As (creative) humans, we don’t really like either/or situations. Dr. Bogataj’s talk on Thursday sent many of us into a tailspin of sorts when she said, “Mobility is great, but …” and then listed all the dangers and impacts of our travels on the environment, our health and the health of other inhabitants of the planet. We were crying to ourselves: “But we can’t just stay at home!”
On Friday, we heard more about the artistic issues that can arise with mobility – issues of copy/paste, generic programmes, the lack of understanding about the role of the artist participating in them and their needs while participating in residencies or exchange programmes from the experiences of an artist and a curator. We also heard about the social-political issues of who travels, why and to where, as well as for what purpose and varying opinions about how to measure the results. It’s clear that if we are forced into an either/or position, none of us feel very free in that decision or in our actions, as if we must give up mobility completely or feel guilty about our mobility activities or that we must once again subject the arts and artists to be the mediators of social change.
Indeed, this question of the role of the arts and artists today could be the topic of another conference, so for now we stayed only on the level of questions – questions that we add to our increased awareness of our environmental and social impact.
But these very questions are what can drive our decision-making in the future as we integrate this new information and test and (re)affirm our practices. So instead, we might consider changing that phrase to “Mobility is great, and … “and thus follow that and with the list of things that we would like to keep in mind.
If you start to be aware of how your ideas about mobility are shaped, you might take a moment to observe the spaces of airports and the advertising in them and maybe contrast them with the messaging and organisation of train stations. If we look at the messaging about flying and world travel, pay attention to the ads in the airports as well as in in-flight magazines. Compare and contrast them with those in your local train station. Could we consider a disruption in that type of messaging?
Dr. Lučka Kajfež Bogataj calls for innovation at all levels. Suggesting that airfare tickets cost more to offset the damage we do when we fly. That’s not to say we should never fly, but instead: How can we be more aware of what we are doing and the impact that our choices make on the society and environment as well as our own personal health and well-being?
Perhaps this innovation needs to take the form of a disruption.
In 1986, the Slow Food organisation started a worldwide movement about the importance of sustainability in our eating habits. Is it time to start a SLOW MOBILITY movement? Could we perhaps consider creating a mobility manifesto? What would such a document contain? Is this a task that we could take back to our organisations, artist associations, professional networks and working groups? Fatima Avila proposed that perhaps adding a point or two on environmentally-conscious mobility to the Canary Islands Declaration on Artistic and Cultural Mobility (2014).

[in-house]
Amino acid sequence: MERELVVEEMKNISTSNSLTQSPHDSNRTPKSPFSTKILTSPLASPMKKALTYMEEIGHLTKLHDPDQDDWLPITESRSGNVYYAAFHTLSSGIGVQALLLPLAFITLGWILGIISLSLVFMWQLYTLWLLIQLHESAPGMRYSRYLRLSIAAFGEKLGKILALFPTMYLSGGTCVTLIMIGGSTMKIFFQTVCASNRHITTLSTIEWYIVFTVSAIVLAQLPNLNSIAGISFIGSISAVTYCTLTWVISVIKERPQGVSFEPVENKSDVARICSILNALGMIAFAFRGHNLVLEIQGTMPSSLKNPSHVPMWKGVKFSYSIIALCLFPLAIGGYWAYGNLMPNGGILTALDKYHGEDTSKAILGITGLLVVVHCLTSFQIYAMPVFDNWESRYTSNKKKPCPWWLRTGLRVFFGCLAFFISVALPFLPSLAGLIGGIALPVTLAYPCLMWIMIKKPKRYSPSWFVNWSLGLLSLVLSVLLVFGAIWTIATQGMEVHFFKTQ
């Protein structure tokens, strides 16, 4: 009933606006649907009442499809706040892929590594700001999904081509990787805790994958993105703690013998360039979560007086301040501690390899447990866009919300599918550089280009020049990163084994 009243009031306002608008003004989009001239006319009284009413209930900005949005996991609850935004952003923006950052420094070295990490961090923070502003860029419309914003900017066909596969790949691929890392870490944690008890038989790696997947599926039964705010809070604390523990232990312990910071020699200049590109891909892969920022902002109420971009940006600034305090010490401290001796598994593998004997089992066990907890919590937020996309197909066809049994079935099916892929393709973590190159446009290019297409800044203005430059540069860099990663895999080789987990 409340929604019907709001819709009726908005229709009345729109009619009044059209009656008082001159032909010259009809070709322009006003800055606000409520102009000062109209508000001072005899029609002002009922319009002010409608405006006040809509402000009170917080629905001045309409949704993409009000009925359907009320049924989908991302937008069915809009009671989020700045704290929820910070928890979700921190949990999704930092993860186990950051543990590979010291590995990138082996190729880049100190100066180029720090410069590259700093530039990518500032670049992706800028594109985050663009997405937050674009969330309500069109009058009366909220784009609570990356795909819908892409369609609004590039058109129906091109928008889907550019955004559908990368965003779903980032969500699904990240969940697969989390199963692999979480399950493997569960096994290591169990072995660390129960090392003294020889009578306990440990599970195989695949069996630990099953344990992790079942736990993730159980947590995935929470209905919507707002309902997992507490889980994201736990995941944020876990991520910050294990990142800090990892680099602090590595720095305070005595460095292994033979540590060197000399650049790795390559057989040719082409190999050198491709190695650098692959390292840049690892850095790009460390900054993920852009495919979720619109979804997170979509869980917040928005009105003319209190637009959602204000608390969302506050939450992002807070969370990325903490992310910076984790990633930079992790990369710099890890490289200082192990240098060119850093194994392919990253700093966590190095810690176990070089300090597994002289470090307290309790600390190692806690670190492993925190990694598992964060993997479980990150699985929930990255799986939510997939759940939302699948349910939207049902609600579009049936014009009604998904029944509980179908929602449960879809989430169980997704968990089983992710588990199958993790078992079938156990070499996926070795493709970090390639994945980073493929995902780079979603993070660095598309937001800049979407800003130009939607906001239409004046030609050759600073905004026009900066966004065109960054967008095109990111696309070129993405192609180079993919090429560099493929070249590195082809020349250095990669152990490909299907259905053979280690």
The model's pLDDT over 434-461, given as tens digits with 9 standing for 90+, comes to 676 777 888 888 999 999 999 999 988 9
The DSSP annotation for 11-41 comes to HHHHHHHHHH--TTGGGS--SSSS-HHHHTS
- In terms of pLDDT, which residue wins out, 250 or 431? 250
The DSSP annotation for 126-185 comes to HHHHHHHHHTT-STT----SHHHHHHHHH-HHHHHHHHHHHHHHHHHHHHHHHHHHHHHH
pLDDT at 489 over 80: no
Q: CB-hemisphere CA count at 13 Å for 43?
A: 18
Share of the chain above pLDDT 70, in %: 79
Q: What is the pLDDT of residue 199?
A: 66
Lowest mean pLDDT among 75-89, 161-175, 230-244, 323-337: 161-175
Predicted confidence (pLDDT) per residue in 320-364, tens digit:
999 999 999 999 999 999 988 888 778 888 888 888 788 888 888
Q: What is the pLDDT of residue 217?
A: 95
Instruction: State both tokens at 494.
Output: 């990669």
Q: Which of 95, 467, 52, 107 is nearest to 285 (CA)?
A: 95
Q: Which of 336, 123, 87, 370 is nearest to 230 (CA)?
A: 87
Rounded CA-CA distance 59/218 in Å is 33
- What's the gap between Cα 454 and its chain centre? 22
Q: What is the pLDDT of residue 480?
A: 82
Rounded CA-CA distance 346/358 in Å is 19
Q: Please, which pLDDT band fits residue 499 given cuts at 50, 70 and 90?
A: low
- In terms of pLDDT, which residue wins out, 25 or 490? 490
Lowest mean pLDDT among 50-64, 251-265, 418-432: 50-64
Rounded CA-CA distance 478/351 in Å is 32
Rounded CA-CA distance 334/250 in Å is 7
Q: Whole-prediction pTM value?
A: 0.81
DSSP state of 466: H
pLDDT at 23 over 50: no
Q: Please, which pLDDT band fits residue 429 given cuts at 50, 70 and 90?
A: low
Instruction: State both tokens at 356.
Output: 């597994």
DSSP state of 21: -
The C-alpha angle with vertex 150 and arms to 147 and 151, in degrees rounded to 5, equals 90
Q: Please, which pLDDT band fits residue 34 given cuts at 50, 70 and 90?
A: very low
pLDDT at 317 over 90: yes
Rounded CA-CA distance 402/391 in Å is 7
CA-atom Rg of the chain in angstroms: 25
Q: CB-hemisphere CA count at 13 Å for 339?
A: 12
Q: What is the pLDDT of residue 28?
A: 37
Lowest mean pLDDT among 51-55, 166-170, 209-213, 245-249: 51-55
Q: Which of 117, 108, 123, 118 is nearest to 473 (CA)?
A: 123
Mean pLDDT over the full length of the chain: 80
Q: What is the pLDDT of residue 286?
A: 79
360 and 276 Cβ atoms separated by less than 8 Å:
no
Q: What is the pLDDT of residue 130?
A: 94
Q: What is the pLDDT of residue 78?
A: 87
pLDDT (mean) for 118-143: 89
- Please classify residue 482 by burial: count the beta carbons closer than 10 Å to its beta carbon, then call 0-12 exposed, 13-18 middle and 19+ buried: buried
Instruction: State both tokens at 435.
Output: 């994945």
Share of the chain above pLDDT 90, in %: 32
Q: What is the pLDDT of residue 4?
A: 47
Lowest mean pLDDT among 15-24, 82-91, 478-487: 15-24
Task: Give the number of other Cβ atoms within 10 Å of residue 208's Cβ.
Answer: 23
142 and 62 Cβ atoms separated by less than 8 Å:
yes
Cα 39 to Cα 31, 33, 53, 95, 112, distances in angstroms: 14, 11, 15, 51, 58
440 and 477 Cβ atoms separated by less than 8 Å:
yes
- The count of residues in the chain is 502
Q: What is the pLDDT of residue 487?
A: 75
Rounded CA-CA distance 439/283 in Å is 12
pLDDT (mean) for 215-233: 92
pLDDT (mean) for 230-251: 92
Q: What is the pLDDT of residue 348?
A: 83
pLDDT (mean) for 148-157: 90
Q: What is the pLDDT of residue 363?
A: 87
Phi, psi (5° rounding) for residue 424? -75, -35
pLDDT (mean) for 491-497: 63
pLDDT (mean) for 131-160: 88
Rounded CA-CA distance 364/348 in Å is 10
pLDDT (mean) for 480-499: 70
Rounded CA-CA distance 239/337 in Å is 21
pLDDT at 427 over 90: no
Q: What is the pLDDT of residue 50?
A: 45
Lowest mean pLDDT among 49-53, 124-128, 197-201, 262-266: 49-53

We might consider how we could attempt to lower our kWH/day consumption in the areas of transport. A good place to look is the website Carbon Footprint which helps you to calculate your annual carbon footprint as well as offers ways of offsetting it. What if instead of frequent flyer miles, there was a frequent flyer tax? Or if one could use frequent flyer miles not to buy luxury items but to plant a tree, support ecological business development or other environmentally-friendly actions? What if people used their status to influence doing good for the planet and not having luxury for themselves? Nowadays low-fare airlines have taken the place of rail travel, especially for youth, who now hop around Europe by plane instead of hopping on and off of trains. Obviously these measures are beyond our sector, but we can start by raising awareness about the needs and issues in our local and global communities.
Participants at the conference took part in an intense 2-day experience of learning and networking which they will surely be able to take back to their colleagues and cities. Hopefully this report has given you further insight as well. This discussion will be continued at a conference organised by Arts and Theatre Institute (ATI) in cooperation with OTM, Culture of Mobility in the Time of Climate Change, in Prague on 25 April. You can even listen to it live stream.
In the words of Gareth Lee, “we leave feeling more connected and aware”. This connectivity comes with the knowledge that our actions affect a larger network of human and other living beings, systems and practices across many sectors and that through our connectivity we can have a stronger and more positive impact on the work that we do.
Perhaps there’s a new hashtag we could also use: #Creativity4Mobility.
The event was organized by the Motovila Institute in cooperation with Arts and Theatre Institute / CED CZ, DutchCulture / CED NL, Centro de Informacão Europa Criativa / CED PT, CED Ireland – MEDIA Office Dublin, Ministry of Culture of the Republic of Croatia / CED HR, Federal Chancellery of Austria, Arts and Culture / CED AT, SCCA–Ljubljana and CMEPIUS.